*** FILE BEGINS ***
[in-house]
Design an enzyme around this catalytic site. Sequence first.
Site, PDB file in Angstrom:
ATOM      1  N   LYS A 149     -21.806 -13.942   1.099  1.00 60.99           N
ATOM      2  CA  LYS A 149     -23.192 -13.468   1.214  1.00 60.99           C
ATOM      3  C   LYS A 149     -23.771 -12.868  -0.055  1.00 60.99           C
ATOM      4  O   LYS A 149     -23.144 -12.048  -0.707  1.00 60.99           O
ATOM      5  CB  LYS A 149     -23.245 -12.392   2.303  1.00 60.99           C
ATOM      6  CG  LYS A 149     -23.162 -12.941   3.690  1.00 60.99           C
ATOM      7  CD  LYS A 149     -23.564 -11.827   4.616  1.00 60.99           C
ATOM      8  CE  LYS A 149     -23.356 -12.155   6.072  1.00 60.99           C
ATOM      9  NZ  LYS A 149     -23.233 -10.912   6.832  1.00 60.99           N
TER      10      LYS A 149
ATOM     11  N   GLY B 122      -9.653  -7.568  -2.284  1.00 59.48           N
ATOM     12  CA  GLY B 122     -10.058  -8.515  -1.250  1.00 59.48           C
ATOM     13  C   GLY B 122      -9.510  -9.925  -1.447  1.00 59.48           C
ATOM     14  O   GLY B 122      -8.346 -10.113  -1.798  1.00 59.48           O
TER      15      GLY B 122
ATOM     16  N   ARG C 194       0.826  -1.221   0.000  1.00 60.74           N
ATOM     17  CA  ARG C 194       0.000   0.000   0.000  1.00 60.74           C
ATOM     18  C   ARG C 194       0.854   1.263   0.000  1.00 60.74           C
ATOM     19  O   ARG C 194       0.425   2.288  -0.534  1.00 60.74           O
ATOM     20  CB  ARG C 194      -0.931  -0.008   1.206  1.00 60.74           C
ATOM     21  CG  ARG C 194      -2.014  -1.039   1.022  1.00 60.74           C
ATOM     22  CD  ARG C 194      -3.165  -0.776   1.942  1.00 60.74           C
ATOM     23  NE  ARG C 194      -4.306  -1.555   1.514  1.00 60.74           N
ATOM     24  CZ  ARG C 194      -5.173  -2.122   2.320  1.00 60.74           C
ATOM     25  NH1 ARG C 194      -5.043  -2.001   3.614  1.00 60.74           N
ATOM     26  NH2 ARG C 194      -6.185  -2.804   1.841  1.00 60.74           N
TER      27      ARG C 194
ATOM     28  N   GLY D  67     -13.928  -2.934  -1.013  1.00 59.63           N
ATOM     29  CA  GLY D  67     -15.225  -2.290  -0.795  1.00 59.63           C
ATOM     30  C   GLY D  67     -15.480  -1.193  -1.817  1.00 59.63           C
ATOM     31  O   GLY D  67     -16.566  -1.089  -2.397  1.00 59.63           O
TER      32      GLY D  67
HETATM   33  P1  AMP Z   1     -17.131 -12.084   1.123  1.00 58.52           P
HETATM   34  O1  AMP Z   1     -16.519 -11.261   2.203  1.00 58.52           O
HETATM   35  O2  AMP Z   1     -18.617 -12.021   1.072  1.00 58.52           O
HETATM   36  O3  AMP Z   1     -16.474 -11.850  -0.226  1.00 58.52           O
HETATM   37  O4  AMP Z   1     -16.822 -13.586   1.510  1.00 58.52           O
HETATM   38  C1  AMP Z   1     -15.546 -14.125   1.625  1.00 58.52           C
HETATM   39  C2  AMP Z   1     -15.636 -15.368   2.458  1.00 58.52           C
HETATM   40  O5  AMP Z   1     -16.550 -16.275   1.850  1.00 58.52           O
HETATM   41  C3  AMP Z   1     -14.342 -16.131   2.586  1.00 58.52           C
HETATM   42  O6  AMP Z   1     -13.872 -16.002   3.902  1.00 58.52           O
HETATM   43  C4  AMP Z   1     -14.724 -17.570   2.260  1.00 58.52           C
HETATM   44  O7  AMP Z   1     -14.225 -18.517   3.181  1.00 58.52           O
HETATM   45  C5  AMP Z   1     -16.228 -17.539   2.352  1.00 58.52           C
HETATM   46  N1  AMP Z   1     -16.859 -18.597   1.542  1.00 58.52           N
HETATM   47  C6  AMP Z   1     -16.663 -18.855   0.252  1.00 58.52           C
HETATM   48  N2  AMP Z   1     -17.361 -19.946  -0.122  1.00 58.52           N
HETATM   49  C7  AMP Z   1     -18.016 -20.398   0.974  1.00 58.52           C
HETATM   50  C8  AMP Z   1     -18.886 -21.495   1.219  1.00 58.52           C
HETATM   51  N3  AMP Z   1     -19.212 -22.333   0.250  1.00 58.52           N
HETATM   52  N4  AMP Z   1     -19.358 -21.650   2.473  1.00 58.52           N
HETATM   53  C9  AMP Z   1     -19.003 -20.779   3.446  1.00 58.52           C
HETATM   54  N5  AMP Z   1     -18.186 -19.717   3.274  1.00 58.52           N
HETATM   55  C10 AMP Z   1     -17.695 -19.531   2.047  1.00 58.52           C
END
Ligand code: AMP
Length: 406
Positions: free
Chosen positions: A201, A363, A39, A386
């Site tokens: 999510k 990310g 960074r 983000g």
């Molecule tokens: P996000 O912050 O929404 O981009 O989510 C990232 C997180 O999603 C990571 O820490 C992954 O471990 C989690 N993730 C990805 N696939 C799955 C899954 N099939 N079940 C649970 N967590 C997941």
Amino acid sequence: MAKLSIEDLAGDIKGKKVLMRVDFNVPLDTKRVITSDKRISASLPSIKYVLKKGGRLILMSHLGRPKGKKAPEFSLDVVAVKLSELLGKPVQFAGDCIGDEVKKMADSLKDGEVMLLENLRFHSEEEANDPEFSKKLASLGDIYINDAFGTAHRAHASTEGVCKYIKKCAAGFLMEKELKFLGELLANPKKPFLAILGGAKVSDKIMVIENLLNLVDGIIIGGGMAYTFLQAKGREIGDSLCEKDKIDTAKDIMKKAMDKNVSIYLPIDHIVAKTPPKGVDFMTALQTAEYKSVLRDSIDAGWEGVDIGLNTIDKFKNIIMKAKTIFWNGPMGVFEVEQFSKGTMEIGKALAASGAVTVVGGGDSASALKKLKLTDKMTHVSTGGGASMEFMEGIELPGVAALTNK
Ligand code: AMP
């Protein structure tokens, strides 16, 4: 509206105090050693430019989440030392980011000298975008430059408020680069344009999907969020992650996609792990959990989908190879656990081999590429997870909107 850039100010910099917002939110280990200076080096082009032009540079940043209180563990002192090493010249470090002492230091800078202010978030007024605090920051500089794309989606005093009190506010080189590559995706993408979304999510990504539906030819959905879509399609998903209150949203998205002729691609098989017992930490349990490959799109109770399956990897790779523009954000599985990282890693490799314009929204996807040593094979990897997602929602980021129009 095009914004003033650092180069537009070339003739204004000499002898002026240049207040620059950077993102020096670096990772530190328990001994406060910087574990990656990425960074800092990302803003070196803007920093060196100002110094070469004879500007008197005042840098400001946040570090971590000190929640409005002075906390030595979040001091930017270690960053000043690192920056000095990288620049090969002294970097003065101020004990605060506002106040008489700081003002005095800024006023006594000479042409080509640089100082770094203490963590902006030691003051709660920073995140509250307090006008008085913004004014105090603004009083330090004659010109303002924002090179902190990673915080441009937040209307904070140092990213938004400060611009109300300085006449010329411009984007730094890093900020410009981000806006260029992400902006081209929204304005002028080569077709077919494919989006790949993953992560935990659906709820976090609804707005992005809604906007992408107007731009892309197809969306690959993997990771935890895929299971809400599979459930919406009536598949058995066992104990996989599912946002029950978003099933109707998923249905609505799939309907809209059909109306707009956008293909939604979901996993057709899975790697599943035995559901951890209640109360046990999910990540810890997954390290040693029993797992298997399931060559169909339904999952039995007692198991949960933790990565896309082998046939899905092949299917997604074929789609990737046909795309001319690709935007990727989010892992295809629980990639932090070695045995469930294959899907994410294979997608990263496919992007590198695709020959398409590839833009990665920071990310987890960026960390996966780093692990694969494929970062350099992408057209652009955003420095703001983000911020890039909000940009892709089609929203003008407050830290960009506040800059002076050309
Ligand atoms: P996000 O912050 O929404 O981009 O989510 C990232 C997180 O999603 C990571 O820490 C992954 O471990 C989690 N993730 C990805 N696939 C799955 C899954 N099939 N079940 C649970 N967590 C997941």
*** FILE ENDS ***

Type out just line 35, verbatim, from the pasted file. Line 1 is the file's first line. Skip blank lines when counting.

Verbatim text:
TER      32      GLY D  67